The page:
Previous Page: Moral Clarity and Owning Up

Part of owning up is seeing and saying what God sees about our behavior. But God also wants us to evaluate our desires. That is because our desires are at the root of destructive conflict. Let me explain.

What causes conflict?

How would you answer that question? We have already said conflict comes from disagreements. It also involves morally wrong behavior. But let me ask you, why do we find that disagreement on one issue barely registers and disagreement on another leads to fighting and alienation? If the problem is misunderstanding and communication, why do we not have more conflict?

God offers a very different answer. He asks the question and then answers it:

What causes quarrels and what causes fights among you? Is it not this, that your passions are at war within you? You desire and do not have, so you murder. You covet and cannot obtain, so you fight and quarrel. You do not have, because you do not ask. You ask and do not receive, because you ask wrongly, to spend it on your passions. (James 4:1-3)

Are you surprised?

The root of conflict is our desires

God says that our desires are the problem. He gives two reasons. First, we have conflicting desires within us. In other words, we do not even know what we want. Second, we desire something too much.

Some people think that the Bible is against our evil desires. God does name some desires as evil. They are present in us because of our corruption. But God also identifies “over-desires.” An over desire is when we want something that is good but we want it too much. As a matter of fact, we come to believe that if we do not get it, we will suffer terribly. The thing we desire is our life.

Its called idolatry

The language of the Bible for these over desires is idolatry. Idolatry is not worshiping images of gods, like the picture at the top of this page. Idolatry is wanting or preferring someone or something more than we want or prefer God. God is our life, security, satisfaction, joy, purpose. When I look for those in anything or anyone else, I am making that thing or person God.

That is why I will fight for it, even kill for it.

One of the metaphors God uses for idolatry is adultery. Adultery is the sin of allowing another person to take the place of my spouse in my heart and actions. Spiritual adultery is when I allow another person or thing to take the place of God. And guess what, people murder their spouse to get their “lover.”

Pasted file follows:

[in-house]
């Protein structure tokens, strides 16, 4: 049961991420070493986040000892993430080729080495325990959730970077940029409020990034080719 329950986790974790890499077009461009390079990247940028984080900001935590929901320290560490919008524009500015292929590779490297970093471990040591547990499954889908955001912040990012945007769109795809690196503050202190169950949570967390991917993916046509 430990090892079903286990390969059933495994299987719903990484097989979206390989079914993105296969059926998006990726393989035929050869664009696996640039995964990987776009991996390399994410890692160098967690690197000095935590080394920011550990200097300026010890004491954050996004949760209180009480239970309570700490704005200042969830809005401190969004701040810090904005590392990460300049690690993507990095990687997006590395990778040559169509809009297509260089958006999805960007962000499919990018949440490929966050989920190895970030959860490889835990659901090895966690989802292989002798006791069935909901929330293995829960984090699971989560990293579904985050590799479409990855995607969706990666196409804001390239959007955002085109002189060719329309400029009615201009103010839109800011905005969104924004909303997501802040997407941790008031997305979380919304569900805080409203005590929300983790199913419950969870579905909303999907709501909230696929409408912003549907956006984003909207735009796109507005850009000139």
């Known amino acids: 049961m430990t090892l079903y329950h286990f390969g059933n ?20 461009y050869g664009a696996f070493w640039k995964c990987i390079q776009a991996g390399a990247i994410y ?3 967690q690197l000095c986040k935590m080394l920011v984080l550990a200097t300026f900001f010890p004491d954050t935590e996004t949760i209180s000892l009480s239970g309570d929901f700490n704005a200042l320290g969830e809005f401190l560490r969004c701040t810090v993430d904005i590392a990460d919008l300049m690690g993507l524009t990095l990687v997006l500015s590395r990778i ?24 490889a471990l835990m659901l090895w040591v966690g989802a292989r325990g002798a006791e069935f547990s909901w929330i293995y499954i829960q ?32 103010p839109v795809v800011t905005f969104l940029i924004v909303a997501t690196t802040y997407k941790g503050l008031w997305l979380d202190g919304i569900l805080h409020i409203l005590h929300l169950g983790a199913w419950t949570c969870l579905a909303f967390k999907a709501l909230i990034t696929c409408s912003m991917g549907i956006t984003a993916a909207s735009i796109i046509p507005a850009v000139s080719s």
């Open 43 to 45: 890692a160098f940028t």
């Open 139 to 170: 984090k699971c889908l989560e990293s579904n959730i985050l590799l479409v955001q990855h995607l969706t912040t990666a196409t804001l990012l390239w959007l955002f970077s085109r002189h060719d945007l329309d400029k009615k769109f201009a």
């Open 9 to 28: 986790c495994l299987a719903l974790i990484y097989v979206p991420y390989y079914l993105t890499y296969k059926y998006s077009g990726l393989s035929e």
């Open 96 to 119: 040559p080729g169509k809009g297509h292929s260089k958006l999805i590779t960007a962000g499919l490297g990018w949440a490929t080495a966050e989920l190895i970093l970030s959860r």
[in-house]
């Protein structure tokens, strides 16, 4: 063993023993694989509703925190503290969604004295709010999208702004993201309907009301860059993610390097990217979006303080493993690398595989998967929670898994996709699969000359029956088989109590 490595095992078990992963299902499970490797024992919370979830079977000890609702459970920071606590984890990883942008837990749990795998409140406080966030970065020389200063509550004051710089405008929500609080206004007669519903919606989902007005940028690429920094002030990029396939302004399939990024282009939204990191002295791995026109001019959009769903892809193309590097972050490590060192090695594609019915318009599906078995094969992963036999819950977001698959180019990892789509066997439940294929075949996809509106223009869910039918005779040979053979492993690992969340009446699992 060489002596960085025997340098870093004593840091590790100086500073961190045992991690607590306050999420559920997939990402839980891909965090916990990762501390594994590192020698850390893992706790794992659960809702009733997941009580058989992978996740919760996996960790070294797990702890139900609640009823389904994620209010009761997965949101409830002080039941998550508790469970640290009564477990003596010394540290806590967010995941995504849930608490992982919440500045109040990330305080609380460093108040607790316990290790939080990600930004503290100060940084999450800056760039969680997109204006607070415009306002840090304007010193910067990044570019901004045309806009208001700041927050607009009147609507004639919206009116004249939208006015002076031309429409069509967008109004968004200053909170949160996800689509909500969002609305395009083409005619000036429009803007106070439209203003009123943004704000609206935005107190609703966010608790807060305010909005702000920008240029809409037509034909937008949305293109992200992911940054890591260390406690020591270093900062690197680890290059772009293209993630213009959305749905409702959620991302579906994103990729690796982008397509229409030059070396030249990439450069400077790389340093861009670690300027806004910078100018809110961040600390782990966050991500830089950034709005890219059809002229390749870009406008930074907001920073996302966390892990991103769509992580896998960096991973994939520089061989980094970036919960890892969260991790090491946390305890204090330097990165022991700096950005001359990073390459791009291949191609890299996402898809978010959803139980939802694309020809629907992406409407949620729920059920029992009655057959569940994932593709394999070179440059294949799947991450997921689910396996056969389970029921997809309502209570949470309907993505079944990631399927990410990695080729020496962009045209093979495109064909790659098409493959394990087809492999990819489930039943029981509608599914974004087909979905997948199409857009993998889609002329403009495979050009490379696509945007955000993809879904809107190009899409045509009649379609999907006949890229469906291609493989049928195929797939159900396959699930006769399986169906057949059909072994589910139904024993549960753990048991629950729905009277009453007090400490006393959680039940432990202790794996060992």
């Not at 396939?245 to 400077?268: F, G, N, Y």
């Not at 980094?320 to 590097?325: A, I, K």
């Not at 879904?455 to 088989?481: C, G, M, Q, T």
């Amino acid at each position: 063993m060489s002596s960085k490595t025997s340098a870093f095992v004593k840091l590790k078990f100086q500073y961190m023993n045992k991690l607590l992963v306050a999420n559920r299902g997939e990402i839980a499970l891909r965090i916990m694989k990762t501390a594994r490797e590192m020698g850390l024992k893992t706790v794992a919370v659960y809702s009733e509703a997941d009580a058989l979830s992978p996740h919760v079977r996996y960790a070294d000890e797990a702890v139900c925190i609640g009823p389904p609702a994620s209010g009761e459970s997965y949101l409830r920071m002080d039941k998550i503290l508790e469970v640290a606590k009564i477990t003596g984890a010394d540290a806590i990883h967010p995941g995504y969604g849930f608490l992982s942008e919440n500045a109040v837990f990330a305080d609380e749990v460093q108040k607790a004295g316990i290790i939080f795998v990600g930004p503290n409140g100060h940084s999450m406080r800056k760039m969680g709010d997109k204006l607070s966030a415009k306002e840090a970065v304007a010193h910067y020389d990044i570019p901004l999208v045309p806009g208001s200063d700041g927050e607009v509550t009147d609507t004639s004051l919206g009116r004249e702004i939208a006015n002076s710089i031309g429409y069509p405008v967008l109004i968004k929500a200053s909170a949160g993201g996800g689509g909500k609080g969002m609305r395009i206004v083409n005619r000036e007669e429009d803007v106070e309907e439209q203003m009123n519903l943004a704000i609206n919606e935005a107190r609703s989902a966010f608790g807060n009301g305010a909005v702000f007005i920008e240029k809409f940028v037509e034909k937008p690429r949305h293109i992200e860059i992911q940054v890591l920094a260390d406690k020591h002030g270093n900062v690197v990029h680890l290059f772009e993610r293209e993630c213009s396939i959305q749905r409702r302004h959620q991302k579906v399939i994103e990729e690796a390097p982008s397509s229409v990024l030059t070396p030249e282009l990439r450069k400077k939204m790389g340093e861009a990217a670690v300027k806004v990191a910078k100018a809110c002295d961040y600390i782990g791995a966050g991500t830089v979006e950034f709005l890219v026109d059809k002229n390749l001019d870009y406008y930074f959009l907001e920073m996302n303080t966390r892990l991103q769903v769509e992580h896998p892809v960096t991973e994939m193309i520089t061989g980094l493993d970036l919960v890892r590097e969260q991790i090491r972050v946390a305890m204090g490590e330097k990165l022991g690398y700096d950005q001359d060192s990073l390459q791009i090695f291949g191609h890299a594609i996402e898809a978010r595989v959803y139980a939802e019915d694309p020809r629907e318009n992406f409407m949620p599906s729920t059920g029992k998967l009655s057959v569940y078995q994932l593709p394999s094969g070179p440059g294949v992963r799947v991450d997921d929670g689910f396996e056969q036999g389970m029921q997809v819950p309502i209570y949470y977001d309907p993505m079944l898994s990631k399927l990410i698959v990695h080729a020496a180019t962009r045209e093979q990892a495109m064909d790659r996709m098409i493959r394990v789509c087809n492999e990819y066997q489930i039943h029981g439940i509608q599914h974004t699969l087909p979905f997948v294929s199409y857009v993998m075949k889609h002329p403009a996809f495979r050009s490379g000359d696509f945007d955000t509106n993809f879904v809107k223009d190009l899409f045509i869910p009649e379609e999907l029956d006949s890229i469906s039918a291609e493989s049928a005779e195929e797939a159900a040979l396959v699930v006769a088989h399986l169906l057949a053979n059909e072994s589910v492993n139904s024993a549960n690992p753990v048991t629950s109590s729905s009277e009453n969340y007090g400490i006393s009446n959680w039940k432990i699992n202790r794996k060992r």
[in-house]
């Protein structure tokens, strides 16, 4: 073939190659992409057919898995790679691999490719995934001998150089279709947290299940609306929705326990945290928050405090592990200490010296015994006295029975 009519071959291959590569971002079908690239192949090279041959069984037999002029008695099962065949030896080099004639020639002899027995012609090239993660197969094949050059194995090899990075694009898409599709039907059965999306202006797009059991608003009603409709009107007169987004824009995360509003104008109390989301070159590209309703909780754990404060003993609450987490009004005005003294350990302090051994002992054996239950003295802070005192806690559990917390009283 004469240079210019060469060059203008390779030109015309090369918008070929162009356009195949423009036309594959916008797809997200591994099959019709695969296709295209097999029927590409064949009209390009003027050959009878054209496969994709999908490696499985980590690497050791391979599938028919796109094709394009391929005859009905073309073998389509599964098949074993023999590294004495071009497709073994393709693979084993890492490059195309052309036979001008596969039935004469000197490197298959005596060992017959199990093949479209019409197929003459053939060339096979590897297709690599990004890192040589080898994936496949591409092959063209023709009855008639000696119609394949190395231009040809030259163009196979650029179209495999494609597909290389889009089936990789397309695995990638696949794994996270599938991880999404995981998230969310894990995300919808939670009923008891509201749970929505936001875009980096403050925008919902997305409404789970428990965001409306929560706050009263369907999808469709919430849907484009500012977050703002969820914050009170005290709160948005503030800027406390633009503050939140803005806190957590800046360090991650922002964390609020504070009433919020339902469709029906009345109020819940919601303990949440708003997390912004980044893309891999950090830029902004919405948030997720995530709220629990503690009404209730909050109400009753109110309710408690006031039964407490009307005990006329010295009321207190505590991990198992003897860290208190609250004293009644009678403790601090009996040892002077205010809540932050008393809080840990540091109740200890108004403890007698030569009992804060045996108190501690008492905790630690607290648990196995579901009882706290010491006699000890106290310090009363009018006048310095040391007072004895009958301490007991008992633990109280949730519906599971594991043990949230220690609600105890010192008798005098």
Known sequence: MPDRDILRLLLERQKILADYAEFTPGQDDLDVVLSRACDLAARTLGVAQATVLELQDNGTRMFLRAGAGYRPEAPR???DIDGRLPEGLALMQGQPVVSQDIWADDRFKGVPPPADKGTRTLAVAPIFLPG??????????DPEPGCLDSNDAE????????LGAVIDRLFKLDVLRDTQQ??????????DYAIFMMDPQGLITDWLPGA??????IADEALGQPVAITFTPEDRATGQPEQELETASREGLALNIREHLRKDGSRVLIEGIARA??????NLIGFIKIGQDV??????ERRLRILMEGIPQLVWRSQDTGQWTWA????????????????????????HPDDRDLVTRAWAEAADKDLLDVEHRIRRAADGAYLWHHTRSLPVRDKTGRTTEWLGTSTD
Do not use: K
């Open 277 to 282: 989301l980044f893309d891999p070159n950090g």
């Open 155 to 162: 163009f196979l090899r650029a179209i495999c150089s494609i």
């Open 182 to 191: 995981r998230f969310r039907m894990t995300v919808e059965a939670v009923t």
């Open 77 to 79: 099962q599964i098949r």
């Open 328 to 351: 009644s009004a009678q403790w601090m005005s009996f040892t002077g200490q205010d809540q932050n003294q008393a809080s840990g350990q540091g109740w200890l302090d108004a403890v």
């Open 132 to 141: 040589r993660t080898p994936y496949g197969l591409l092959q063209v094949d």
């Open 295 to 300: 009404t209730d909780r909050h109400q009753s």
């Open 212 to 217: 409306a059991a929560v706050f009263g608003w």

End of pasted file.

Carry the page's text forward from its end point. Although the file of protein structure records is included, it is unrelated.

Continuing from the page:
Idols are many

Idols take many forms. Parents can determine that if their children fail their life will be over. So they live and labor to make their children succeed. Anyone can determine that their life will achieve its fullest meaning if they become wealthy, or hold a powerful office, or become famous. They bend their whole life to achieve those, even sacrificing marriages and friendships along the way. You get the idea.

Idols and conflict

If you want to know why you are easily provoked on one issue and not another, look for the idol underneath it. Maybe you don’t care about your fitness but you do care about your reputation. When someone disagrees with you about best exercises, it is comes to you as a fairly objective discussion. But when they say people think of you as out of style, you take issue. No, you defend your wardrobe. More than that, you call them tasteless. They poked your sleeping idol into a rage.

You have to get below the surface

I am not talking here of therapeutic categories. This is not about being an introvert or extrovert, about being a Type-A, or being inclined to depression. This is about the power inner desires you have to make a god out of someone or something. Part of the benefit of conflict is the way God uses them to put a light on our “gods.” And when we address the idol, we will find it affected more than one area of our lives.

Confessing idols

part of applying the 7 A’s of confession is admitting the presence of the idol that is at work in the conflict. Applying the same principles, that looks something like this:”I want to admit to you that I spoke harshly to you. I insulted you when I called you stupid. But worse than that, I got angry because you threatened by god of being right all the time. You questioned my perfect wisdom and I lashed out. Being right was more important to me than God’s true word.”

Next Page: Forgiveness